The Cowboys might as well have a one-page playbook: It should be an old, yellowed, dog-eared piece of paper with coffee stains on it, and it should read “FOOTBALL.” The Cowboys are playing FOOTBALL-ass football. The Platonic ideal. You can’t much design against it, you can’t really cheat it; you just have to face it down and do your damnedest. And based on what we’ve seen over the first five weeks of the season, that probably won’t be enough.
Last week, in anticipation of a matchup with the suddenly unstoppable Dallas Cowboys, Cincinnati Bengals cornerback Adam “Pacman” Jones went out of his way to play down the significance of this whole “Ezekiel Elliott” thing. Because after all, what’s so great about this rookie running back and his penchant for midriffs? Besides, anybody can rack up 412 yards through four games behind a $100 million offensive line stacked with stone golems. Jones said:
The Bengals were set on being more “disciplined” than previous losers (in order: the Redskins, the Bears, and the 49ers). They were planning to stack the box and force quarterback Dak Prescott to win the game by himself. This was a good, solid strategy that was both simple and easy to remember. Don’t let Zeke do Zeke things. But the Cowboys came out last Sunday and punched Sonic rings out of Cincy nonetheless, starting the game off with 28 unanswered points and giving up a consoling 14 in garbage time. The Bengals knew exactly what was coming and still had nothing but hope and prayer to throw at it. Elliott had 134 yards on the ground and two touchdowns on just 15 carries. Jones, in due course, was forced to tip his hat and then eat it just a little bit:
And it was kind of embarrassing. Like, “calling ‘game’ on a fadeaway and missing the whole basket by a full foot” embarrassing. (Wow, actually yeah this is super embarrassing for you, my guy.) But it is slightly less embarrassing when you consider Elliott’s prolificness in the context of football history. We may well look back on his season, in the fullness of time, as [ominous cellos] “Ezekiel Elliott: The Beginning” or somesuch. Or that we might see eBay listings for Ezekiel Elliott’s “Real! Rare! 100% Authentic!” discarded mouth guard. This is all to say: Ezekiel Elliott is really fucking good right now, and more of this is likely to come. Here are the plain, remorseless numbers:
- With that 134-yard performance, the 138-yard outing the week before it, and the 140-yard one the week before that, Elliott became the third rookie in NFL history to have three consecutive 130-plus-yard games. And the first running back in franchise history.
- His 546 yards and five touchdowns in his first five career games puts him ahead of sovereigns like Tony Dorsett, Herschel Walker, and Emmitt Smith.
In addition to adding his name to record books, Elliott has also been steadily trending upward in terms of production each week. Starting at a worryingly low 2.6 yards per carry in Week 1, he upped the average to 4.0 in Week 2, and in Week 5 was all the way up to 8.9, a number buoyed by big, ridiculous plays like this one:
Well, maybe not ridiculous. That may not be quite the right word. At least not in the way that we typically mean it. The ridiculousness lies in how utterly pedestrian that touchdown looks. The rote, ordinary, cut-and-dry directness of it. Everything goes exactly like it’s supposed to, everyone manhandles their would-be tackler like they’re supposed to, and Elliott powers straight up the gut like he’s supposed to, taking it 60 yards — pretty much untouched — to the house. Oh, and he split two safeties along the way. It looked exactly like when Larry Allen and Daryl Johnston used to pry open holes in the front line so that Emmitt Smith could get an unfettered, running head start and barrel through defenses like a rock through a wet sheet of tissue paper.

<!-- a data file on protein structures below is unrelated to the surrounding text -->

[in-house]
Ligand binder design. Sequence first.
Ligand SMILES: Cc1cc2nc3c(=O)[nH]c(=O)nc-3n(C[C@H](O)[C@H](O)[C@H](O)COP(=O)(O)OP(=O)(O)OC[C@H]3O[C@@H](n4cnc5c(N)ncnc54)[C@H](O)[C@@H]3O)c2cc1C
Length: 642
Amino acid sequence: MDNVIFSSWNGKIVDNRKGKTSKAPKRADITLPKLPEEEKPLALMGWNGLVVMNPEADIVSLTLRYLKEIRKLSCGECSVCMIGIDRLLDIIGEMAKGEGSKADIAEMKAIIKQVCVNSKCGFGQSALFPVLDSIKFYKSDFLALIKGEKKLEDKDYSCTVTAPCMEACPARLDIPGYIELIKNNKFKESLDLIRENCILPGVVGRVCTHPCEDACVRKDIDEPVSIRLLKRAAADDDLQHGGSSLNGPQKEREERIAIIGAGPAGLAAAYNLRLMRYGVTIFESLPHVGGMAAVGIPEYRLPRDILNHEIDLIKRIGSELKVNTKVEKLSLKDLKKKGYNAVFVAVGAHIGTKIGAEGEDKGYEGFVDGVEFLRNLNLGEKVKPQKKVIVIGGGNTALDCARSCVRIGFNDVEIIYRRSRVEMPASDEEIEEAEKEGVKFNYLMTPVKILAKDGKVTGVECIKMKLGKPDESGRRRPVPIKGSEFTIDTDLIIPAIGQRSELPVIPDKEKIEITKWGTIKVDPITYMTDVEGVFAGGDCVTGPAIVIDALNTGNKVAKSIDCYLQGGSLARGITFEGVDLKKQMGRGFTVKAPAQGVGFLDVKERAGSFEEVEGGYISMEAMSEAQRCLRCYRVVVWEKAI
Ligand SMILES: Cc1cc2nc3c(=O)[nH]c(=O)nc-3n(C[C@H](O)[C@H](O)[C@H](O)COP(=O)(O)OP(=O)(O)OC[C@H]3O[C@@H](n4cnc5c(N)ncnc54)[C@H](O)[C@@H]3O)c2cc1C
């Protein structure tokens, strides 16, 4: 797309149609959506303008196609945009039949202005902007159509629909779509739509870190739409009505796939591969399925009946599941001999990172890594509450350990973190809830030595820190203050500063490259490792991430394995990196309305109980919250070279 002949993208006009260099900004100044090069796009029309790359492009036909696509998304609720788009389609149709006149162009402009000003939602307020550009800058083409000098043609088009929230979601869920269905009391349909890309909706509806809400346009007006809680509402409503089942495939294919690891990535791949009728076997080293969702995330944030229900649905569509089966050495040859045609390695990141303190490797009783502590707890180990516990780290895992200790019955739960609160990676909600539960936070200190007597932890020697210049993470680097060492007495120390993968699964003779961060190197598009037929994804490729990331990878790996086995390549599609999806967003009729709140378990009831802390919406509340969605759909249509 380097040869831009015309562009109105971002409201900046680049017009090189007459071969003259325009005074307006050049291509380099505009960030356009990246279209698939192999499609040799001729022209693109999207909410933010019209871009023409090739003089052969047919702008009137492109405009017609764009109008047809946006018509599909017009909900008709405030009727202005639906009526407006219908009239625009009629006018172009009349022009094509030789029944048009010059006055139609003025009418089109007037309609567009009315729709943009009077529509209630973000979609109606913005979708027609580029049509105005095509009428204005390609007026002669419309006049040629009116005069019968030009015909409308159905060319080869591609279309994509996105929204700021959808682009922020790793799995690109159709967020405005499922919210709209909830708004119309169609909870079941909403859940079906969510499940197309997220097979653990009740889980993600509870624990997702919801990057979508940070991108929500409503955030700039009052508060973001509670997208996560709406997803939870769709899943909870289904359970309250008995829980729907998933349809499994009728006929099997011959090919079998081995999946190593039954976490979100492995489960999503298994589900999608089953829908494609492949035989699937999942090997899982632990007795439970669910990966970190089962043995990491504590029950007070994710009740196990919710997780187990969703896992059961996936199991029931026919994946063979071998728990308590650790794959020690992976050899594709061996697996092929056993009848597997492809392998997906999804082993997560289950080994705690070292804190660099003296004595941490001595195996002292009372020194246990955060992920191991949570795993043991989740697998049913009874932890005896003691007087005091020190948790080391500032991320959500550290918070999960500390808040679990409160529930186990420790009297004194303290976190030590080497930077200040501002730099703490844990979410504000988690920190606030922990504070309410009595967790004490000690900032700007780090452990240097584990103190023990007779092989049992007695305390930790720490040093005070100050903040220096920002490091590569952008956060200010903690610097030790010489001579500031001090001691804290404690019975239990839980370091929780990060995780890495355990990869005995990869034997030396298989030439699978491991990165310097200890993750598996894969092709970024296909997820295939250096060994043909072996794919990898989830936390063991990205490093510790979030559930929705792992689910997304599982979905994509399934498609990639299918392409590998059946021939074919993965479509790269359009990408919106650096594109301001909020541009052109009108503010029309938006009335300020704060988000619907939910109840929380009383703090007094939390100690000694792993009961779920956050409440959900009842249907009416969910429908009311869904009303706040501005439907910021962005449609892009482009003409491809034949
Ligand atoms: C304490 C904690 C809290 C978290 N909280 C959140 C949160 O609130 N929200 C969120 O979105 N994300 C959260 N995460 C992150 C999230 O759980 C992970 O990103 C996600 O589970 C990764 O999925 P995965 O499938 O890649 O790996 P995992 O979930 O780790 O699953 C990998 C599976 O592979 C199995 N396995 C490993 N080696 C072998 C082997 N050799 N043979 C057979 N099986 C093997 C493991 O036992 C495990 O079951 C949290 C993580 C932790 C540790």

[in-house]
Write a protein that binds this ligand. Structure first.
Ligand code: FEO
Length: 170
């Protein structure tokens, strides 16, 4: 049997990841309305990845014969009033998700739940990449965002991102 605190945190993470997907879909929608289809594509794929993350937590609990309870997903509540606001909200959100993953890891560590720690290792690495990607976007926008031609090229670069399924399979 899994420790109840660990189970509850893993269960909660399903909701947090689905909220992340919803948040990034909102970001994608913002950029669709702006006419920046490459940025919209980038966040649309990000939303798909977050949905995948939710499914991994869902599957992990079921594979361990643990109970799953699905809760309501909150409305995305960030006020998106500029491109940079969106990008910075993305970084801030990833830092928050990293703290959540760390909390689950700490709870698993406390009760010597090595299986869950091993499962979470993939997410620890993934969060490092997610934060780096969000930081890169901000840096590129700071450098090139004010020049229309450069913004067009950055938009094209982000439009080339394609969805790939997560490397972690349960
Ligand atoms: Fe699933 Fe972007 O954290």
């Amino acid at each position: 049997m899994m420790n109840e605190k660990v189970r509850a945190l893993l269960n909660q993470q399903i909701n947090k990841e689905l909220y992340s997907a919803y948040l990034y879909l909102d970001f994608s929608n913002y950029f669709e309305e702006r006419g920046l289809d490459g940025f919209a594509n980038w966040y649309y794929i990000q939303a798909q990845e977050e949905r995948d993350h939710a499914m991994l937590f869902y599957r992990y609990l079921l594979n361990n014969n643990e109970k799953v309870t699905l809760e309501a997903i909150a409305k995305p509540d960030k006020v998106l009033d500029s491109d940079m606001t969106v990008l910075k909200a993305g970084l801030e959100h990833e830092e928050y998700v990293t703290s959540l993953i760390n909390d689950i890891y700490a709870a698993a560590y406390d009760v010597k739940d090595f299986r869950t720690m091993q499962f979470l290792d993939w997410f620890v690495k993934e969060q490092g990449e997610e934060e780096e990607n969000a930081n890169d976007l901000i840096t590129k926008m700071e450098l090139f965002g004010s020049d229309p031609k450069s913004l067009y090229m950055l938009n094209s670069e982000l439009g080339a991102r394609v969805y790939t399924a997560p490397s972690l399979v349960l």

For comparison’s sake, this was 24 years ago:
And this was last week (it’s so much cooler with the speedometer):
Football has changed, but not that much. There are wideouts playing as running backs playing as quarterbacks playing as slot receivers. There are cinched sleeves now (someone tell Sam Bradford) and hyperbaric chambers and safeties that line up as linebackers. And all of these new approaches work to varying degrees of success. But, at the risk of sounding 75 years older than I actually am, a quarterback that can manage a game and take control of it if he has to, receivers that can help stretch the field, a bullying offensive line, and a running back that can reliably hit holes for big gains are still good for four wins out of a possible five. Ticking the boxes and hitting the procedural notes still works, and can be exciting in its own way.
Ezekiel Elliott could be the new Emmitt Smith. Zack Martin could be the new Larry Allen. Dak Prescott … dinks and dunks a little more than Troy Aikman used to, but the concept still holds water. (Plus, as it gets deeper into the season and you can break a team’s back by keeping their defense on the field for seven uninterrupted minutes, the dinks and dunks will prove useful.)
Of course, this may not last. This is the Cowboys, after all. Jerry Jones seems bullish on starting Tony Romo as soon as Romo is healthy again, and maybe that turns this team back into a pumpkin. Dez Bryant, or New Michael Irvin, I should say, could come back from injury ahead of schedule (it will happen) and get seriously hurt, for real this time. And, most worryingly, Ezekiel Elliott is already at 109 carries going into this Sunday’s game against the Green Bay Packers, and 370 is the cursed number that drops a running back’s usefulness off a cliff the following season — if you believe in such things.
But let’s not wreck how great this is now with what may come in the future. Let’s enjoy this iteration of the 2016–17 Dallas Cowboys while it’s here. They look an awful lot like the past. They look an awful lot like the way great football teams usually look.